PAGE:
The first project I ever worked on (which remains one of my favorites to this day) was a room-set animation project for a new client that TRG had just started a relationship with. The project was for an international company that makes Interior Mouldings and Doors and they had some pretty cool concepts and ideas, however, I don’t think anyone on the team knew exactly what to expect when the project launched. I certainly didn’t see it being as beautiful or fun as it turned out to be.
A few weeks earlier I was hired in spite of a technically challenging (and comedic, I might add) telephone interview, followed by a single face-to-face meeting and tour of our studio space. It was evident after the interview and initial project scope meetings that animation was vital for the studio and vital for this particular project.
I’ll peel back the curtain even more and reveal that this project was my first in the studio environment, and it had me worried. The pipeline was different than I expected, the project planning stages were something new, and, of course, the execution had to be swift, as most (come on, ALL) work goes in this type of field. After we were done, we were proud of the end results.
My Favorite TRG Project
The goal of the project was to create a series of stills and videos of a half dozen or so digital rooms (we’ll come back to that) featuring and highlighting our client’s product. In this case, the product was wood paneling, wainscoting, and trim. Ryan, the artist that took the lead on the project, has a history of photography and is a lighting expert, so the rooms were already in good hands. The team got direction from a stylist on the room’s layout and props, and then we got the green light for the product lines to be featured in each room (a few dining rooms, kitchens, living rooms, and a foyer), so we were ready to get going.
CGI work is an interesting animal. One would think the freedom is limitless, but in the end, a lot of what CG does is emulating an already beautiful world except we don’t have to wait for the right time of day for a photo, or for physics to be defied. This project had to be photo-real, beautiful, and the videos had to feature the product assembling itself in a way that would make Mary Poppins jealous.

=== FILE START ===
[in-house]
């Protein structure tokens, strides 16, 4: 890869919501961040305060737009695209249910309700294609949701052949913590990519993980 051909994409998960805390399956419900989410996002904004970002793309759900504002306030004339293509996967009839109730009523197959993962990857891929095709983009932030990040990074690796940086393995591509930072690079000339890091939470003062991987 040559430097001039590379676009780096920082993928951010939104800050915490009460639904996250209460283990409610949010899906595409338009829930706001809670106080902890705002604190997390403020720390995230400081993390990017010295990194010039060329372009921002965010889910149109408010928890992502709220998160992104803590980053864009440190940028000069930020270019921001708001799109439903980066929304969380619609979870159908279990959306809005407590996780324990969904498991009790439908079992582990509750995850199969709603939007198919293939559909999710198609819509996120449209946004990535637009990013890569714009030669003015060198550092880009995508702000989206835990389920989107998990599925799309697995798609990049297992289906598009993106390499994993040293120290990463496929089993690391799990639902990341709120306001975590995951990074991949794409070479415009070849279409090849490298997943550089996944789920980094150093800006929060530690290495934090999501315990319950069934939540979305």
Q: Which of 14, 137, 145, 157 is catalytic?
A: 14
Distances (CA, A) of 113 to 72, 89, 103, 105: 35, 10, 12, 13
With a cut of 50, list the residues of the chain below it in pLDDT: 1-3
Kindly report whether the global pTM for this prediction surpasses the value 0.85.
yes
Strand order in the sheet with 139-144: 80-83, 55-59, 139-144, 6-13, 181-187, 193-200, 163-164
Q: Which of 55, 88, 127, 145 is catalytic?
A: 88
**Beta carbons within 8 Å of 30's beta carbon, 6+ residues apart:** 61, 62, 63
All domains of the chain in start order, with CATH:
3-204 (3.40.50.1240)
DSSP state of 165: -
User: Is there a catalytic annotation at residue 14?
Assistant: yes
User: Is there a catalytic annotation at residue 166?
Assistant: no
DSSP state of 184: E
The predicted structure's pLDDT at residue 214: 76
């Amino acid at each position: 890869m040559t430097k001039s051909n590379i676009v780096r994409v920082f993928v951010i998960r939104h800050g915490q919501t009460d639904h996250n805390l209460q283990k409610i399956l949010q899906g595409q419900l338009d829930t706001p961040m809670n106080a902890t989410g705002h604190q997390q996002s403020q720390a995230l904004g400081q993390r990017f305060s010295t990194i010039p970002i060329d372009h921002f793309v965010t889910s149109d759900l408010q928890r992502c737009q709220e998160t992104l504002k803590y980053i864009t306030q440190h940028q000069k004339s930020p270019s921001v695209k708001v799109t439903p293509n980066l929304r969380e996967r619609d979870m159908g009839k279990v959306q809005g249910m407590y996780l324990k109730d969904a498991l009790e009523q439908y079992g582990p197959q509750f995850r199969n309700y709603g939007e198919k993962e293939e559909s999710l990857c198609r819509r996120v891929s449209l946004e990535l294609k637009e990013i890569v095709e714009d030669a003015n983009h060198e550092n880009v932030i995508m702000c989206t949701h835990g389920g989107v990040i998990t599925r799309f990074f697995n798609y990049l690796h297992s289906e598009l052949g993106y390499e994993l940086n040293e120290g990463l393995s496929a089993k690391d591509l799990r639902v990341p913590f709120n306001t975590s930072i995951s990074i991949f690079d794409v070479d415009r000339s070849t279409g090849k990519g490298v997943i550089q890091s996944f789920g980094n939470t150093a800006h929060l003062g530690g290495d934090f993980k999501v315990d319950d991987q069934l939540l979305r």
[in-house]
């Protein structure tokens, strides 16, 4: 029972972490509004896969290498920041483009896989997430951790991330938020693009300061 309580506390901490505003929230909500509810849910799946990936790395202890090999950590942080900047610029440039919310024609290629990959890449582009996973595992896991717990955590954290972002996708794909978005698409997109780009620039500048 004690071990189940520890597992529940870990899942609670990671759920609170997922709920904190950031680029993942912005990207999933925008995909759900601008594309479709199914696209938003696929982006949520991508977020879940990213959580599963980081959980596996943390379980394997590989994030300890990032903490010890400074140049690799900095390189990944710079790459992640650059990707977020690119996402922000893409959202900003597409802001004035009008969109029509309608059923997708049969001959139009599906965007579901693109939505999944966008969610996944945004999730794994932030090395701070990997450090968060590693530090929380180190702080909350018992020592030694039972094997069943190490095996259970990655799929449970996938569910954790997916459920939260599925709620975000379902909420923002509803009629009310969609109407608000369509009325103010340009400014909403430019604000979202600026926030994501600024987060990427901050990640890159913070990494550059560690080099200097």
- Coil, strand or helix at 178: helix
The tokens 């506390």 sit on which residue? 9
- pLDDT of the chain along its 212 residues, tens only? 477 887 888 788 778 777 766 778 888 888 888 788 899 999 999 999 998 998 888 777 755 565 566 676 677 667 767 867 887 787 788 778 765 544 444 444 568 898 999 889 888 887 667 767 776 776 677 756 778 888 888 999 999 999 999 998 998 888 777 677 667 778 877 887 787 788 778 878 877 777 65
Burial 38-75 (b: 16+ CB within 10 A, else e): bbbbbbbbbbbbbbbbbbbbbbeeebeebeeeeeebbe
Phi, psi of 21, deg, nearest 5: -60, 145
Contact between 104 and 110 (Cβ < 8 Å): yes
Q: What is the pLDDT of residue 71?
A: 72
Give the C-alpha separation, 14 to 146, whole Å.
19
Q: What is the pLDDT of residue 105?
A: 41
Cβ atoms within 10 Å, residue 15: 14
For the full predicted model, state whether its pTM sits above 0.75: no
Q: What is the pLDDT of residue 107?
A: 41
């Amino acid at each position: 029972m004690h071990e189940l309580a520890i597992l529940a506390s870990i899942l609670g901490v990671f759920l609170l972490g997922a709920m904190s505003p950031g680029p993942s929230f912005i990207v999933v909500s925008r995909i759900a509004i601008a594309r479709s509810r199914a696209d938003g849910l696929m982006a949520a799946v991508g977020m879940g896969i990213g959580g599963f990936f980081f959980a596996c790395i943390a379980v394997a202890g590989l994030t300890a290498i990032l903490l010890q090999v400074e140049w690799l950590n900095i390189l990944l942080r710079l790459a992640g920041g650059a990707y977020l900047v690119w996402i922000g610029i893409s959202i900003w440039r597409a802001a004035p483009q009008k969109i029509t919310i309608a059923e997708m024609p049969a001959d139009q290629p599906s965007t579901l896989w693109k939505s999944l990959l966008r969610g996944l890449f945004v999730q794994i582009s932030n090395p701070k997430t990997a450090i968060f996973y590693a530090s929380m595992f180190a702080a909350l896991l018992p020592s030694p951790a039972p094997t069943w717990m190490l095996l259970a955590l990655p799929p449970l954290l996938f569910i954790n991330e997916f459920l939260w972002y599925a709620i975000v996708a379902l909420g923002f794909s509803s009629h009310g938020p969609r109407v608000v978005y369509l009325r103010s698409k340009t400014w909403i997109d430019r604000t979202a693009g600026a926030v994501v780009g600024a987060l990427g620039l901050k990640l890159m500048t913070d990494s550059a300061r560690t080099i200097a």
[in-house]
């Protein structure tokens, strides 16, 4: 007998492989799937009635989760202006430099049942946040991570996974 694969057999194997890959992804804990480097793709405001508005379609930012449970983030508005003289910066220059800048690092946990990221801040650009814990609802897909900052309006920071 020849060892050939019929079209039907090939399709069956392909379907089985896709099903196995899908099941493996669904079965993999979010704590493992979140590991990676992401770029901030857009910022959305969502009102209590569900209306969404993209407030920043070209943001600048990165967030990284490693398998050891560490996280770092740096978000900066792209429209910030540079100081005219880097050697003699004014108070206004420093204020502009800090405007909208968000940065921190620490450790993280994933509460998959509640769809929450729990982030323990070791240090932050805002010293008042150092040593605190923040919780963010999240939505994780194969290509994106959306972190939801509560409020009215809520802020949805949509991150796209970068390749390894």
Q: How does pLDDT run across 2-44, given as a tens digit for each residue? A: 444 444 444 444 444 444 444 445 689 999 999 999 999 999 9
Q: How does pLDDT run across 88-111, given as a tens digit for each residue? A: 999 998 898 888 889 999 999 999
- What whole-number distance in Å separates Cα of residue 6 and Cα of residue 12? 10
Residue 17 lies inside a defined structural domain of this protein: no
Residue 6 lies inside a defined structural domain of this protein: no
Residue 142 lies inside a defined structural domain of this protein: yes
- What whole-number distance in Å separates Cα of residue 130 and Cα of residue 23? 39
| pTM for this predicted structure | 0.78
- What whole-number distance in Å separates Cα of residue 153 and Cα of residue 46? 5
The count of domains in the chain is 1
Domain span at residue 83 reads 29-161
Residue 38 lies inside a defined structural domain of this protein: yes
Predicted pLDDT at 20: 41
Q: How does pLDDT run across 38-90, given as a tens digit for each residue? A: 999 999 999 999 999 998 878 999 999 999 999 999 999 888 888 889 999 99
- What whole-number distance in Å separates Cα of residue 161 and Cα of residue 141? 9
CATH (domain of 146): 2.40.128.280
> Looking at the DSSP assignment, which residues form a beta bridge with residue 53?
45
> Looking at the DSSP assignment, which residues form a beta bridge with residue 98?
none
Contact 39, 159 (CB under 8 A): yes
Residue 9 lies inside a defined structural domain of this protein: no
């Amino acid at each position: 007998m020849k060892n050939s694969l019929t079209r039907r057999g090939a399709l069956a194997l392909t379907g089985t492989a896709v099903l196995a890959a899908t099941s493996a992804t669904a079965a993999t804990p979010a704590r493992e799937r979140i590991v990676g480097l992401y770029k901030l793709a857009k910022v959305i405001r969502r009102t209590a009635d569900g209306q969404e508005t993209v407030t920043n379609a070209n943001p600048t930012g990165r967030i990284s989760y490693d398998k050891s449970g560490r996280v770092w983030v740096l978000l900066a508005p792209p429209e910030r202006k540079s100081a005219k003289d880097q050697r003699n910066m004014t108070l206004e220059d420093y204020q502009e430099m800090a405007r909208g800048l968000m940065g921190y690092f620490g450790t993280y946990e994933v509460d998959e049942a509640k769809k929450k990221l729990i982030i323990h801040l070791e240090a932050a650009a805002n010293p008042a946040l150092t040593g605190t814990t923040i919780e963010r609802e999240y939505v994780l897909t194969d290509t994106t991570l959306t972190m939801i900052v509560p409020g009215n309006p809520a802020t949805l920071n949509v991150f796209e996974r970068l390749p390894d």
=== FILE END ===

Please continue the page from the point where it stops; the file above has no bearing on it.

Let me expand on the last part. I mentioned animation at the start, which makes sense because it was the reason I was working on this project. This challenge was something I hadn’t faced before; it involved literally hundreds of moving parts (animation jokes, you see). The client wanted the rooms to be presented as comfortable, pretty spaces, but felt like they needed a special "something." Eventually, that something was animating the client's products "flying" into the rooms along with some smooth camera moves that showcased how much the products improved the rooms. David (the CG Supervisor), Ryan, and I cooked up a plan to build the rooms with all the beautiful trim, wainscoting, etc. in place, then I would break down the parts into tiers of assembly, move them all out of the scene, and bring them all back hopefully in a dramatic, and elegant fashion.
The first animation tests I produced were without color, so the majesty and grandeur weren’t there yet. Doing it this way allows us to compartmentalize our tasks so that we can focus on the big things and work our way down. To my surprise, the animation tests came back positive with typical notes and changes, but we got such good feedback and cooperation from the client that we were able to execute our vision and incorporate small changes to cater to their needs, resulting in an exceptional series of pieces.
Taking on the Challenges of CG Work
Naturally, the problems we faced were, and usually are, innumerable. Sometimes crazy things happen when you work with exact operations, all while you’re working in six to ten scenes at once. These issues include objects appearing without color, items reflecting light in an unpredictable and wacky way, or enormous files sizes due to having too many highly-detailed objects in a room. We’re achieving photo-realism after all, so we can’t let our big foreground objects break down under a critical eye!
One of the hardest things to overcome in animations, and was the most heartbreaking during this project, is render consistency. A “render” is an image that a piece of software produces based on the specifications of a CG artist. In short, it’s essentially a digital photograph. The computers that calculate and produce that single image, however, take a bit longer than pushing a shutter button. If a single image or "frame" can take HOURS, then I’ll let you do the math as to how long 240, 360, or 1,500 frames can take.
As for consistency, a frame rendered on one machine, at one time, can sometimes be different from the same frame rendered on a different machine at a different time. These types of issues are typically due to user error, but there are “unknown technical issues” that can certainly play a factor. Tests are always done before rendering, but those tests have limits, so there’s a fair amount of estimation that goes into what we want to render as a test that compares to the stress and accuracy of a final render. It all hinges on how we can get them finished in the shortest amount of time without sacrificing quality, while also not costing us, or the client, an arm and a leg.
I think the results speak to our level of success. Could things be improved? ALWAYS! We want to make things perfect, and we always have the input of the client at our core. The team felt good, our client felt good, and they were able to launch a whole new product line, with videos, and interactive hi-resolution stills featured on their brand-new online catalog. If I can speak for the department, we all felt very proud of the result and could see all the well-crafted details each artist contributed.
Check out the piece below and let us know what you think!